The lectins categories are displayed in both a sunburst and a tree to facilitate the exploration. The research interface provides multiples criteria to select specific lectins or structures. For every structure multiple manually curated information are available, mostly about the associate carbohydrate.
A simple search window is available in the UniLectin home page. The database is searched by entering keywords, PDB or UniProt accession numbers, fragments of glycan sequences, or textual fragments of the title of a publication.
On the lectin category sunburst, the multiples PDB structures available in each order class and families can be explored. The taxonomic tree also allws to explore the classification with the tree leafs which can be clicked to expand the tree and access subcategories. Click on the search ison to open the category in a new page.
The browser interface allows to select lectins category to explore their structures.
The advanced search offers selection of criteria. Lectin can be searched by structure or by sequence family with the support of drop-down lists. The classification of lectins (Origin, Class, Family) also provides several search criteria. Other criteria pertain to the nature of the fold and taxonomic details of the lectin. Keywords from the title in a reference article can also be searched. A unique feature is the search of fragments of glycan ligands that will output lectins interacting with a given carbohydrate. Finally, a cutoff on the resolution (Å) of the X-ray structure can be used as a filter for selecting of high-quality data. UniLectin allows precise taxonomic search for all lectins that have been structurally characterized in a given organism. Another key feature is the option to search lectin structures with oligosaccharide motifs that are complexed within the binding sites.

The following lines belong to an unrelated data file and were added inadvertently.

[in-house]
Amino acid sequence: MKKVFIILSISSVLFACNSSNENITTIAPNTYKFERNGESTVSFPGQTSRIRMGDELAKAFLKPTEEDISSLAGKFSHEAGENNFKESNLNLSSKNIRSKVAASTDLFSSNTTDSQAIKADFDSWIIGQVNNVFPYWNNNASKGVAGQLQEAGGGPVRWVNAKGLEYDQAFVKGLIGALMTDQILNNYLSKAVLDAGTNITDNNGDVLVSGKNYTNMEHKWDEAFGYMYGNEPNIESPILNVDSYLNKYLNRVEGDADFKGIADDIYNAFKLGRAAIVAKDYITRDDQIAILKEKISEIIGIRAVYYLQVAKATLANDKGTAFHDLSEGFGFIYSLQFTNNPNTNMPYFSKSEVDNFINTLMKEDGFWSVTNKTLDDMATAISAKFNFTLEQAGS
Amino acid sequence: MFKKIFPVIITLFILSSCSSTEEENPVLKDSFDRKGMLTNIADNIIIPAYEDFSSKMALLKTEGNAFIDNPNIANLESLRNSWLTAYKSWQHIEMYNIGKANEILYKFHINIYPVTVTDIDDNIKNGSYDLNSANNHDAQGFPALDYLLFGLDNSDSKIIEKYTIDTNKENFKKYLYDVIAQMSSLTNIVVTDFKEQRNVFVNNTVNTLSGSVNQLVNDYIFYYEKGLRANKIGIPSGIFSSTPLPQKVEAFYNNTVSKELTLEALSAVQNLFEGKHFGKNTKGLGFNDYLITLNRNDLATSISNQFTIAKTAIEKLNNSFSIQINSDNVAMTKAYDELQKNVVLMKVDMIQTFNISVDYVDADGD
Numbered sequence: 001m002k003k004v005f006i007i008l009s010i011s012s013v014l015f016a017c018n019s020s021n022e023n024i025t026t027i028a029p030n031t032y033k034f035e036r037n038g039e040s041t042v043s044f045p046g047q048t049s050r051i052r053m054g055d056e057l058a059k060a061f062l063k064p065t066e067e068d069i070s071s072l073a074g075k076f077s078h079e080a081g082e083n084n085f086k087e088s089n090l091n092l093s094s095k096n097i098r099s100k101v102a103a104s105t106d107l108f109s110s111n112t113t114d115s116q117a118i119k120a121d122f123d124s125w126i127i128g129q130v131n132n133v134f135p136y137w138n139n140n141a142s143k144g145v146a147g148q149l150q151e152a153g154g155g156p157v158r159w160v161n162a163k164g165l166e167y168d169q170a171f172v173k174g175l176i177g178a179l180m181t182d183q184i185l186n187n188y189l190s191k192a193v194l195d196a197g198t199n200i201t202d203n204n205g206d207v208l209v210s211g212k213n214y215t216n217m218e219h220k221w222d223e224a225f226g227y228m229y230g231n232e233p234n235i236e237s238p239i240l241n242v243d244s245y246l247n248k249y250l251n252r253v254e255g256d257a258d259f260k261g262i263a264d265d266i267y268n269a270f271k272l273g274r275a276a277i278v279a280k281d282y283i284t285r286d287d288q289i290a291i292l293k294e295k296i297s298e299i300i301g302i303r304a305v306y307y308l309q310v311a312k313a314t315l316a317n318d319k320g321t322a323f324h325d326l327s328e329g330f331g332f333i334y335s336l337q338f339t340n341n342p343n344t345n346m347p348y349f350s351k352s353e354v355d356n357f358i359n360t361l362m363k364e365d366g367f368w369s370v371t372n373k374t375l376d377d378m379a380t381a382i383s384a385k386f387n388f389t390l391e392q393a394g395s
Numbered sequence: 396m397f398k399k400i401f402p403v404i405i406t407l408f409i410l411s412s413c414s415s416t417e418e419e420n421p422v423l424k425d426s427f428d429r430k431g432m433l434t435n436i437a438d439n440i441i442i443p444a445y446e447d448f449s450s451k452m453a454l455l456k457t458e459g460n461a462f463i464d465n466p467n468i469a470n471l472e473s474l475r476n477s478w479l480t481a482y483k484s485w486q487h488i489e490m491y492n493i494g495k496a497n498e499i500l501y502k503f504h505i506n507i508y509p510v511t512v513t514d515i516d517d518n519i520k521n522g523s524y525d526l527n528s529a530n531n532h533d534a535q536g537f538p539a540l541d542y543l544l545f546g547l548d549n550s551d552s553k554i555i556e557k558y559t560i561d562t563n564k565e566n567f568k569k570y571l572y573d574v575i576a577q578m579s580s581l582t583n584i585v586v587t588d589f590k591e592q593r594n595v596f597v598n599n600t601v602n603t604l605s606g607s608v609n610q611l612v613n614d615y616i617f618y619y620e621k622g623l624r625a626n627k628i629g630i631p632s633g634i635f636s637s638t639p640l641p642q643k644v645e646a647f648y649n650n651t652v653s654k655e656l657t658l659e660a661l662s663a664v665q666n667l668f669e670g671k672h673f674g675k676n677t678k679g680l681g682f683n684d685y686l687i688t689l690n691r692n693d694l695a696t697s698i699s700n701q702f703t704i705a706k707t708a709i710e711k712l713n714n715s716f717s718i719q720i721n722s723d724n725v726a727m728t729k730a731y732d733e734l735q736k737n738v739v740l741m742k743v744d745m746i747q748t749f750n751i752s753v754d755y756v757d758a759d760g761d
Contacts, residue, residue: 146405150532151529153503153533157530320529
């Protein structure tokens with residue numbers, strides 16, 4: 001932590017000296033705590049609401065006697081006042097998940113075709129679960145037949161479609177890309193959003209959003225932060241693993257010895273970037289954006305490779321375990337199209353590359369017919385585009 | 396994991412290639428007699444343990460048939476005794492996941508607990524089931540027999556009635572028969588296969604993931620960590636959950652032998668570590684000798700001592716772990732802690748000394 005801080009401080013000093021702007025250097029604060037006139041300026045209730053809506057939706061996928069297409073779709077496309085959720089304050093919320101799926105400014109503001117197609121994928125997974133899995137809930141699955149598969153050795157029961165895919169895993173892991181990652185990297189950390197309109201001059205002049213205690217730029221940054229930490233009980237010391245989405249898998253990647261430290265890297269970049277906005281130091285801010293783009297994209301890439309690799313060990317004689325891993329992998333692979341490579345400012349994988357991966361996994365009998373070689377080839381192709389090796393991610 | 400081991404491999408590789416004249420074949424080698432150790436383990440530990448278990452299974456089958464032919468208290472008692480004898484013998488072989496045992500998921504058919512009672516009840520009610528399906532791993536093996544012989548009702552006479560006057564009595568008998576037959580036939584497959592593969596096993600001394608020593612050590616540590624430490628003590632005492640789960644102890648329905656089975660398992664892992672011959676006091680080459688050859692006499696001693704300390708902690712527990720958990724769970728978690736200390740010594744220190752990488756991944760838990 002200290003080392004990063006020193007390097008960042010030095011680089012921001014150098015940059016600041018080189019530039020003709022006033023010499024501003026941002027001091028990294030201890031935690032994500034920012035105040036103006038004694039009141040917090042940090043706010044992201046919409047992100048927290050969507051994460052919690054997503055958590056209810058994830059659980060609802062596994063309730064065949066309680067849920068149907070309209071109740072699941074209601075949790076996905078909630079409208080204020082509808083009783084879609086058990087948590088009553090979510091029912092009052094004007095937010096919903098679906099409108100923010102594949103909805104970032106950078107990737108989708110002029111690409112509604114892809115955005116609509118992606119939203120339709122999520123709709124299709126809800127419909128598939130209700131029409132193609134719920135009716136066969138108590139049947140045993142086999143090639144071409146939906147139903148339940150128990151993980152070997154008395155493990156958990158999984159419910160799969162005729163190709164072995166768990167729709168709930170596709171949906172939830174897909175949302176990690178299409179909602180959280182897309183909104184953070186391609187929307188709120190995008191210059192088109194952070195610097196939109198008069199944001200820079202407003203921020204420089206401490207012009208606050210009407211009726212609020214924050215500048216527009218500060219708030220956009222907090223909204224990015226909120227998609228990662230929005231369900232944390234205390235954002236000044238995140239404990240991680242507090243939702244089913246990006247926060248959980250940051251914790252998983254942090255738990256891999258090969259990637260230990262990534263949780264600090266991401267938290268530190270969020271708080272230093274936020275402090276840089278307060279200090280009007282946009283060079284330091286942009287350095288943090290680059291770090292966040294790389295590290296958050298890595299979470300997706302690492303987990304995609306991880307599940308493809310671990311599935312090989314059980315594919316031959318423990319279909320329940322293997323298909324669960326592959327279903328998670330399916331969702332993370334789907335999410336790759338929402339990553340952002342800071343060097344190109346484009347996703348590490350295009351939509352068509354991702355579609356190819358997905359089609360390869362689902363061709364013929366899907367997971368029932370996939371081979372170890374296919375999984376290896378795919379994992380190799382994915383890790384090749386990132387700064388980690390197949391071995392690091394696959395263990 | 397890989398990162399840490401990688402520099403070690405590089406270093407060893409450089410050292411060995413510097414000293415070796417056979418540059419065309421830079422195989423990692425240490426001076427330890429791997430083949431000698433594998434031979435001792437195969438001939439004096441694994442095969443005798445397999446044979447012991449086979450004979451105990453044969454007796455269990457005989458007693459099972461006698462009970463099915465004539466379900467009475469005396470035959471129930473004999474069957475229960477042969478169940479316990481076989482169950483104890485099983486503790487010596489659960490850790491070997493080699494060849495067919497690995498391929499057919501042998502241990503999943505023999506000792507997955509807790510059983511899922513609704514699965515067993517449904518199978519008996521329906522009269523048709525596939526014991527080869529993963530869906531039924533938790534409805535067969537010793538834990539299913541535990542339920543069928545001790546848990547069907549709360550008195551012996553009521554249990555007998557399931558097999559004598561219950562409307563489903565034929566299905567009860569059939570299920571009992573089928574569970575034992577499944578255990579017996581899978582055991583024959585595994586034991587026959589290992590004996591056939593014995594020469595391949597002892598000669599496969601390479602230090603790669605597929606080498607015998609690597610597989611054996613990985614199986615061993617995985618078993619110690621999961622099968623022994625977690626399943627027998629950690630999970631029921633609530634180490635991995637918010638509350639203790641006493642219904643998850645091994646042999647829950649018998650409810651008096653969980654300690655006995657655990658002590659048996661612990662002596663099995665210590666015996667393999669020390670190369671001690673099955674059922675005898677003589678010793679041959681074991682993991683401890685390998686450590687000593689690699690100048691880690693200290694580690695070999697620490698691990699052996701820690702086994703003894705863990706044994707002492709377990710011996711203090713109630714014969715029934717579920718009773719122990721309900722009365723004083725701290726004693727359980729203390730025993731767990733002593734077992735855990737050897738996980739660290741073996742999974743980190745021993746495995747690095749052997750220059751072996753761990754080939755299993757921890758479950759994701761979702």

The lectins can be explored by protein uniprot ID and the multiple PDB structures available are displayed in the results.
The lectins can be explored by struture. Each structure is related to a protein with an ID uniprot. For each structure the other structure from the same protein are proposed in the results.
Information can be obtained for the protein partner, the glycan partner, and details of their interactions using the Protein-Ligand Interaction Profiler (PLIP) server. Special care was devoted to the description of the bound glycan ligands with the use of simple graphical representation and numerical format for cross-linking to other databases in glycoscience. We conceive the architecture and navigation tools to extend the search to all organisms, as well as to search for all oligosaccharide epitopes complexed within specified binding sites.
PLIP allows to visualize in details the interactions on the 3D structure, specific interactions types, and the surounding residues
The PDBe functionaol domain viewer provides information on the glycosilated sites, functional domain, carbohydrates binding sites